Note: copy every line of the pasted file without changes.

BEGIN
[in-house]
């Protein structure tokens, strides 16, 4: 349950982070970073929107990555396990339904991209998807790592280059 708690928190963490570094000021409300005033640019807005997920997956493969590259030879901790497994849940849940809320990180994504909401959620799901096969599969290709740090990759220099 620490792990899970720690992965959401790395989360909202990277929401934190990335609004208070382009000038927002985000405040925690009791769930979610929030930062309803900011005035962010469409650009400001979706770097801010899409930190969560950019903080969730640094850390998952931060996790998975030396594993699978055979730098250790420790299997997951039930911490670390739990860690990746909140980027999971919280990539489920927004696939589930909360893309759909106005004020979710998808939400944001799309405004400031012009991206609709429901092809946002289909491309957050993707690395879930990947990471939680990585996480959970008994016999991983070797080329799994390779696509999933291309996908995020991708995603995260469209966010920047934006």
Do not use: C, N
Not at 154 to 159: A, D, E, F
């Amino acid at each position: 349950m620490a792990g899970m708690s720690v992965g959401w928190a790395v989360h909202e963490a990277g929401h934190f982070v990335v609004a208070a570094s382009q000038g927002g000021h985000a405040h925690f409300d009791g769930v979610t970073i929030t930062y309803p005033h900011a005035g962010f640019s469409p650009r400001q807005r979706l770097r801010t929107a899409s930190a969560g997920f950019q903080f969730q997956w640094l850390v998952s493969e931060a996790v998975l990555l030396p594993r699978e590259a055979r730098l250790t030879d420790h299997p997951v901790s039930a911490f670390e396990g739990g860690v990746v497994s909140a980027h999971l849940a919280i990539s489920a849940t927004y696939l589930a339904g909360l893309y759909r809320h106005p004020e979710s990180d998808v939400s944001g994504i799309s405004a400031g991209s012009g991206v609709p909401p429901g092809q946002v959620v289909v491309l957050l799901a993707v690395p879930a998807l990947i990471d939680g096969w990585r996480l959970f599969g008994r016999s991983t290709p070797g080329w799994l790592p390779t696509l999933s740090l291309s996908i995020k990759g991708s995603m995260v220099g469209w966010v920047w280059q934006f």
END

[in-house]
């Protein structure tokens, strides 16, 4: 349950982070970073929107990555396990339904991209998807790592280059 708690928190963490570094000021409300005033640019807005997920997956493969590259030879901790497994849940849940809320990180994504909401959620799901096969599969290709740090990759220099 620490792990899970720690992965959401790395989360909202990277929401934190990335609004208070382009000038927002985000405040925690009791769930979610929030930062309803900011005035962010469409650009400001979706770097801010899409930190969560950019903080969730640094850390998952931060996790998975030396594993699978055979730098250790420790299997997951039930911490670390739990860690990746909140980027999971919280990539489920927004696939589930909360893309759909106005004020979710998808939400944001799309405004400031012009991206609709429901092809946002289909491309957050993707690395879930990947990471939680990585996480959970008994016999991983070797080329799994390779696509999933291309996908995020991708995603995260469209966010920047934006």
Do not use: C, N
Not at 154 to 159: A, D, E, F
């Amino acid at each position: 349950m620490a792990g899970m708690s720690v992965g959401w928190a790395v989360h909202e963490a990277g929401h934190f982070v990335v609004a208070a570094s382009q000038g927002g000021h985000a405040h925690f409300d009791g769930v979610t970073i929030t930062y309803p005033h900011a005035g962010f640019s469409p650009r400001q807005r979706l770097r801010t929107a899409s930190a969560g997920f950019q903080f969730q997956w640094l850390v998952s493969e931060a996790v998975l990555l030396p594993r699978e590259a055979r730098l250790t030879d420790h299997p997951v901790s039930a911490f670390e396990g739990g860690v990746v497994s909140a980027h999971l849940a919280i990539s489920a849940t927004y696939l589930a339904g909360l893309y759909r809320h106005p004020e979710s990180d998808v939400s944001g994504i799309s405004a400031g991209s012009g991206v609709p909401p429901g092809q946002v959620v289909v491309l957050l799901a993707v690395p879930a998807l990947i990471d939680g096969w990585r996480l959970f599969g008994r016999s991983t290709p070797g080329w799994l790592p390779t696509l999933s740090l291309s996908i995020k990759g991708s995603m995260v220099g469209w966010v920047w280059q934006f």